Energy Exec Hit With Fraud Charges

LOUISVILLE, Ky. (AP) - A Louisville oil and gas executive has been indicted on 21 fraud charges alleging that he raised millions from investors and misused the funds rather than search for oil and gas reserves.

David G. Rose is also accused in the federal indictment of falsely claiming to investors that his company had partnership agreements with major energy firms like Texaco and Citgo.

An attorney for Rose could not be located Friday morning. An attorney who represented his company in a previous federal case did not return a call.

Rose, 57, is facing a maximum sentence of 440 years and $5.5 million in fines if convicted. Federal prosecutors are asking Rose to forfeit more than $6.6 million.

U.S. Attorney David Huber said in a statement that the indictments on Wednesday focus on two oil and gas well projects promoted by Rose's company, enTerra Energy. Rose told investors their money would be used only for the development of oil and gas wells, but Rose used some to pay bonuses to employees and for "the personal benefit of Rose, his relatives, and friends," Huber said.

The Courier-Journal in 2006 published a series of articles on Rose's former company, Robo Enterprises Inc., and how the firm made huge profits by extracting millions of dollars from investors.

The stories said Robo routinely misrepresented the risks of its investments, overstated its drilling successes and sometimes priced its investments five times above drilling costs, meaning investors had no realistic chance of making a profit.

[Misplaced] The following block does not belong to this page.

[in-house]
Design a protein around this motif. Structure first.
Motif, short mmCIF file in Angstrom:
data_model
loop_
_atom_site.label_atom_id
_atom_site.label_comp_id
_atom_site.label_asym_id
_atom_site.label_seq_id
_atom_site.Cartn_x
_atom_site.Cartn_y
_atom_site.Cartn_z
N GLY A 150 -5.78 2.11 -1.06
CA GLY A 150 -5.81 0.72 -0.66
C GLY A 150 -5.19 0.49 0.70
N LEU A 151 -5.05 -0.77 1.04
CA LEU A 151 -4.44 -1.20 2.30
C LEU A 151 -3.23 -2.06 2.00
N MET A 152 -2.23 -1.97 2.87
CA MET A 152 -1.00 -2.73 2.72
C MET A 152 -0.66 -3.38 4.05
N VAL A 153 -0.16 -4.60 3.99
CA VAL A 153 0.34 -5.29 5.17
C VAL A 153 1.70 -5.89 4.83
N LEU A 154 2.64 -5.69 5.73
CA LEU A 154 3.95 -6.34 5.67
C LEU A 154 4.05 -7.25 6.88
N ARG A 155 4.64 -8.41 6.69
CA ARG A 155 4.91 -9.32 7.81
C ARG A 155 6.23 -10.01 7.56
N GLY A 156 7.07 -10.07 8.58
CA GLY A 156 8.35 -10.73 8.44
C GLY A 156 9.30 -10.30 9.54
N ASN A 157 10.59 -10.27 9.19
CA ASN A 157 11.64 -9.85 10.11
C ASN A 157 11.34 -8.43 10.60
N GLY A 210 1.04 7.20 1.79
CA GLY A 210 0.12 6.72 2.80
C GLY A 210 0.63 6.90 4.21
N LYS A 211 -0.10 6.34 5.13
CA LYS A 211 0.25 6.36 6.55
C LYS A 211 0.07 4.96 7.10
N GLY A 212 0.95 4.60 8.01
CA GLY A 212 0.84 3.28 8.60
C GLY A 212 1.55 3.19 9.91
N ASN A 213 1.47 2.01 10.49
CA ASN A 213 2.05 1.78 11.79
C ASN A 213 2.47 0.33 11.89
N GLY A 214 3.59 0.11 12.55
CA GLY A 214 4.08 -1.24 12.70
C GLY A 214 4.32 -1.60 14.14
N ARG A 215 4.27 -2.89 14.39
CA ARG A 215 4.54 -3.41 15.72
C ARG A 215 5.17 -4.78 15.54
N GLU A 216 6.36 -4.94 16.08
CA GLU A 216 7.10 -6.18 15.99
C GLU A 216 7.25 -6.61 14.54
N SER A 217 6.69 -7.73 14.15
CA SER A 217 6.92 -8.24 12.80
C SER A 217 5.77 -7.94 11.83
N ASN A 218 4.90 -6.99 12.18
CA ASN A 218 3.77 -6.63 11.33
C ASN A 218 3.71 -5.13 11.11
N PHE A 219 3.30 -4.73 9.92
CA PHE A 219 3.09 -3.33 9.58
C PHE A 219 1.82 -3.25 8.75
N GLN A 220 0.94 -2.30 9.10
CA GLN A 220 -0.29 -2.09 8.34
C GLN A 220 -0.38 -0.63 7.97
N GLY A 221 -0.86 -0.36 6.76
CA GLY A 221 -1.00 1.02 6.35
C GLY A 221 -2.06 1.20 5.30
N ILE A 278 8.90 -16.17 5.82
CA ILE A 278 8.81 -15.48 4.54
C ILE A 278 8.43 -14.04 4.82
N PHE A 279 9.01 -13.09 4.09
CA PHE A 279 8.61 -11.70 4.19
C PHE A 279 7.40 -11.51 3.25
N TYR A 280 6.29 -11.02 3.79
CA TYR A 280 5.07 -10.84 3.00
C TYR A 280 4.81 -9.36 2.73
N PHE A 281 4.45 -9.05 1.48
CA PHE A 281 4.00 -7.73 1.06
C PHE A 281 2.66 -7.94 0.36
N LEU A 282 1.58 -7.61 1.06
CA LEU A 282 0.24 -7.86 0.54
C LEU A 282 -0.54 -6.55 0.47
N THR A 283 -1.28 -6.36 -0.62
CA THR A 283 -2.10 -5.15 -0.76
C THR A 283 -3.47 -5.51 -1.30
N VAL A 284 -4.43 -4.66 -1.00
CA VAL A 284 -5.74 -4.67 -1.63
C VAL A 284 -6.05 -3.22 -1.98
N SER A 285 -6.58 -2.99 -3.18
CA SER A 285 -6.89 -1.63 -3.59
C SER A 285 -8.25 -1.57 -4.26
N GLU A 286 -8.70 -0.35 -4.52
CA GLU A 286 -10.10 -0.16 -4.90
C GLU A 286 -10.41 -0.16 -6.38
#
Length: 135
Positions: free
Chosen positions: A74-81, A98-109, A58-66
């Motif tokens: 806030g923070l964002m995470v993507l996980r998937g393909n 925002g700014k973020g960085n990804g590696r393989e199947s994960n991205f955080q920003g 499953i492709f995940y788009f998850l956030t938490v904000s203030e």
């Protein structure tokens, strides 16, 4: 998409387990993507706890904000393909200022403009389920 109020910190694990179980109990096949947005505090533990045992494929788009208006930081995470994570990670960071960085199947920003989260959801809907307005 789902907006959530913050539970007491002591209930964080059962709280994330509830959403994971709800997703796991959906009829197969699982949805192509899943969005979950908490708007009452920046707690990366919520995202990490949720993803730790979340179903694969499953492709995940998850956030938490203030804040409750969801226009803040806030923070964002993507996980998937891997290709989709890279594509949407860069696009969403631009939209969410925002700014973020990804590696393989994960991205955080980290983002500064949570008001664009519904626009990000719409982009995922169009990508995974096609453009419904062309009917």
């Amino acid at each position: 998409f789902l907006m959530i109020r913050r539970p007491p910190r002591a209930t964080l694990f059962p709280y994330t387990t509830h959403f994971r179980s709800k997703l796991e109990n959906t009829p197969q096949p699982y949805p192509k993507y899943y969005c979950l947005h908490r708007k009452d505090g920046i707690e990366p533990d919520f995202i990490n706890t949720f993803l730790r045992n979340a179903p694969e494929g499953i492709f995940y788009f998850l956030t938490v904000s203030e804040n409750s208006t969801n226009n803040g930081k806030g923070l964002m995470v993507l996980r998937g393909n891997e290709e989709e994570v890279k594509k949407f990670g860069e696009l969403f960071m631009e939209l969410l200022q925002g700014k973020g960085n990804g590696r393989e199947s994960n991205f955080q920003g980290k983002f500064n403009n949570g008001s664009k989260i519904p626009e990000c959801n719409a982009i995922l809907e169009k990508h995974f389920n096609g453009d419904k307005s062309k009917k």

The newspaper reported that several thousand investors handed over an estimated $100 million or more to Robo, and they lost at least 95 percent of it before any tax write-offs.

Rose was ordered by the Kentucky Division of Securities in 2005 to stop selling oil and gas interests from Kentucky or to anyone in the state.

Huber said Rose was the sixth oil and gas executive indicted since 2005 in the Western District of Kentucky on charges of fraud or tax evasion.

The previous five were convicted and two of them were connected to Rose through his previous company, Robo Enterprises.

David W. Stewart pleaded guilty in April to tax evasion for failing to report $640,000 of taxable income and sentenced to one year in prison. Richard P. Underwood pleaded guilty in June to tax evasion amounting to more than $3 million.

He was sentenced to three years and one month in prison.
Information from: The Courier-Journal,

(Copyright 2008 by The Associated Press. All Rights Reserved.)

AP-NY-01-25-08 1323EST

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